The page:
New recruit cherishes chance to play

Vancouver Island University Mariners player Seth Goodman demonstrates dribbling technique to 11-year-old Suvan Mahara during basketball camp at the VIU gym last week. - GREG SAKAKI/The News Bulletin
Vancouver Island University Mariners player Seth Goodman demonstrates dribbling technique to 11-year-old Suvan Mahara during basketball camp at the VIU gym last week.
— image credit: GREG SAKAKI/The News Bulletin

Sometimes the seasons just go by too quickly. Seth Goodman knows that well, and he will make the most of his time at Vancouver Island University.

The 24-year-old American has come to Canada this year primarily because it’s a place to play. He ran out of semesters of college eligibility in the States, but he didn’t want to end his college career on those terms.

“It meant the world to me to have another chance,” he said. “I thought I was done.”

Goodman has taken a winding path to Nanaimo and the Pacific Western Athletic Association.

He lived in New Orleans until natural disaster struck and Hurricane Katrina wrecked his family’s home.

“It was destroyed. We lost it all in Katrina,” he said. “It was a hard year of my life.”

Displaced to Houston, Texas, he missed his junior year of high school ball, then got cut from the team in his senior year. He kept his skills sharp with club basketball.

He redshirted his first year of college, he said, which is one of the reasons why the semester rule caught up with him.

After that, he found his greatest success at Western Tech  in Wisconsin.

“That’s when I blew up,” he said.

It led to a stop at Southern Wesleyan University, but not playing time, and too soon, Goodman had run out of chances in the States.

It was his old junior college coach who suggested Canada, where the semester rules are different. Goodman took it from there, researching his options and liking the looks of VIU.

“I checked it out and it looked like a good fit for me,” he said.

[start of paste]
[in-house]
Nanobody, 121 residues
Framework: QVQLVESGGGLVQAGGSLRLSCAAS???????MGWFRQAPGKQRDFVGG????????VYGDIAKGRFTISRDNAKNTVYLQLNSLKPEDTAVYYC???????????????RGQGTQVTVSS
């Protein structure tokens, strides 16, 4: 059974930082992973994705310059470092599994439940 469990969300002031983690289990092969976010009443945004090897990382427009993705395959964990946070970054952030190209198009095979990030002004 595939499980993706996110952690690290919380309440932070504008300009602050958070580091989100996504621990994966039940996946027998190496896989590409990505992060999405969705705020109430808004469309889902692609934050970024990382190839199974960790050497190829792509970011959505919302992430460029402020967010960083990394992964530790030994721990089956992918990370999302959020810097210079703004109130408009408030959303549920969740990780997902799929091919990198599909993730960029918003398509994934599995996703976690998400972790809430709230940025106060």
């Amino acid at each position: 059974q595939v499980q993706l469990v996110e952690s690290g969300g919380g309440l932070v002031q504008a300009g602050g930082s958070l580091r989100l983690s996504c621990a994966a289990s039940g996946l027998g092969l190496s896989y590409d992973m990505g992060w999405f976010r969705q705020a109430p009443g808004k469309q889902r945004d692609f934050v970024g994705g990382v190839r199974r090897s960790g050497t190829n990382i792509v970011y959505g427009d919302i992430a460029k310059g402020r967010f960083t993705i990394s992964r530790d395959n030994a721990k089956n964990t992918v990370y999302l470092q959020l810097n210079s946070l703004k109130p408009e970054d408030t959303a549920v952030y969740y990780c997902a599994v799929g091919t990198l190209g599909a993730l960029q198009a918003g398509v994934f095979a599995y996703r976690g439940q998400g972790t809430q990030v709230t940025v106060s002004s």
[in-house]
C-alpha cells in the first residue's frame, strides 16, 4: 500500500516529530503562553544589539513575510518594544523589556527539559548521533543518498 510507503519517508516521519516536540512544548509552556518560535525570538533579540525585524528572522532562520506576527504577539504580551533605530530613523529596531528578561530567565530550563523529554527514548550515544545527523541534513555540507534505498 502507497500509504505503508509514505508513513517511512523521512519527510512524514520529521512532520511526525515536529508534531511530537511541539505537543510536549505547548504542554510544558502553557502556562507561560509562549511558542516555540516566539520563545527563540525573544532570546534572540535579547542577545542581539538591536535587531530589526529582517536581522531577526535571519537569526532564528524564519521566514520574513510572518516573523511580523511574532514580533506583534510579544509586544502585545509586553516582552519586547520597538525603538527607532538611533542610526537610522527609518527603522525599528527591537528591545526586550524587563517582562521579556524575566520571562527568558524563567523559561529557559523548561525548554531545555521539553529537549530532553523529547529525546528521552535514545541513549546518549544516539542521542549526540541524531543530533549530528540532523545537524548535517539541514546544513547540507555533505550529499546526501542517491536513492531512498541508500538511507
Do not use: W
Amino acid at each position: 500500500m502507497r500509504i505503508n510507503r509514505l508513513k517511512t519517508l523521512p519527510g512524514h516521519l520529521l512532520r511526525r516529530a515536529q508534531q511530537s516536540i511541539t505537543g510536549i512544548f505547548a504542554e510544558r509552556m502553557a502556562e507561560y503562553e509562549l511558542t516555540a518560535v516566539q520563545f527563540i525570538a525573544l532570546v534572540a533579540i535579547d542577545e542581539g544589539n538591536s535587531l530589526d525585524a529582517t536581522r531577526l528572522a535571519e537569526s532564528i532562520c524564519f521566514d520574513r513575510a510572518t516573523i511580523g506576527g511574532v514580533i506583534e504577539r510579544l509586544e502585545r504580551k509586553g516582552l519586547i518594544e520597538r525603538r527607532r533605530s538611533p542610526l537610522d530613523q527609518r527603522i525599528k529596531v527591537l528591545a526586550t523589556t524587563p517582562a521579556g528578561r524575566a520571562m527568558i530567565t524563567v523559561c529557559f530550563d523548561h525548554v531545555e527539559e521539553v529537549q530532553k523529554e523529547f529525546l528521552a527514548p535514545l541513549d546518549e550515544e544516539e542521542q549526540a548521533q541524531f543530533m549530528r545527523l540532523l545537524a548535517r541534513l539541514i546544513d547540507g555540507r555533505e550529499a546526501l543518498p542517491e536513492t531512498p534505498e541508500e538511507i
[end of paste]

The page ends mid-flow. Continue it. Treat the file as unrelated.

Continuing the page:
Matt Kuzminski, coach of the Mariners, said Goodman’s past coaches recommended him, and college transcripts looked positive. Kuzminski checked out some highlight videos and talked to Goodman and made up his mind.

“Because of our budget, you’ve got to kind of take a chance. I [couldn’t] afford to fly him up,” the coach said.

Last week, Goodman arrived in B.C. and worked out one-on-one with his new coach every day. Kuzminski thinks the 6-foot-6 forward is going to be a good fit on the Mariners.

“He’s very athletic, he’s long, he’s going to be a physical presence in this league, especially,” the coach said. “But I’ve been most impressed with his coachability.”

Goodman said he considers himself a versatile player. He likes to drive the lane, but is comfortable playing an outside game as well. He hopes to contribute with scoring, rebounding and defence.

“[Kuzminski] told me that I could have a big role on this team, but it’s team first, so I just have to basically check my ego – I don’t have a big ego – but check my ego at the door,” Goodman said. “Whatever they need me to do, I’ll try to do, as simple as that.”

Goodman has hardly left the VIU gym since he arrived there, as he also volunteered to help with the basketball camps last week.

He loves it, he said; his father coached him all the way up and he appreciates the opportunity to give back.

“They’re the upcoming stars now,” he said. “One day they’ll be in my shoes. Hopefully in better shoes than me.”

COURT SHORTS … The PacWest basketball season starts in early November. For schedule information, visit

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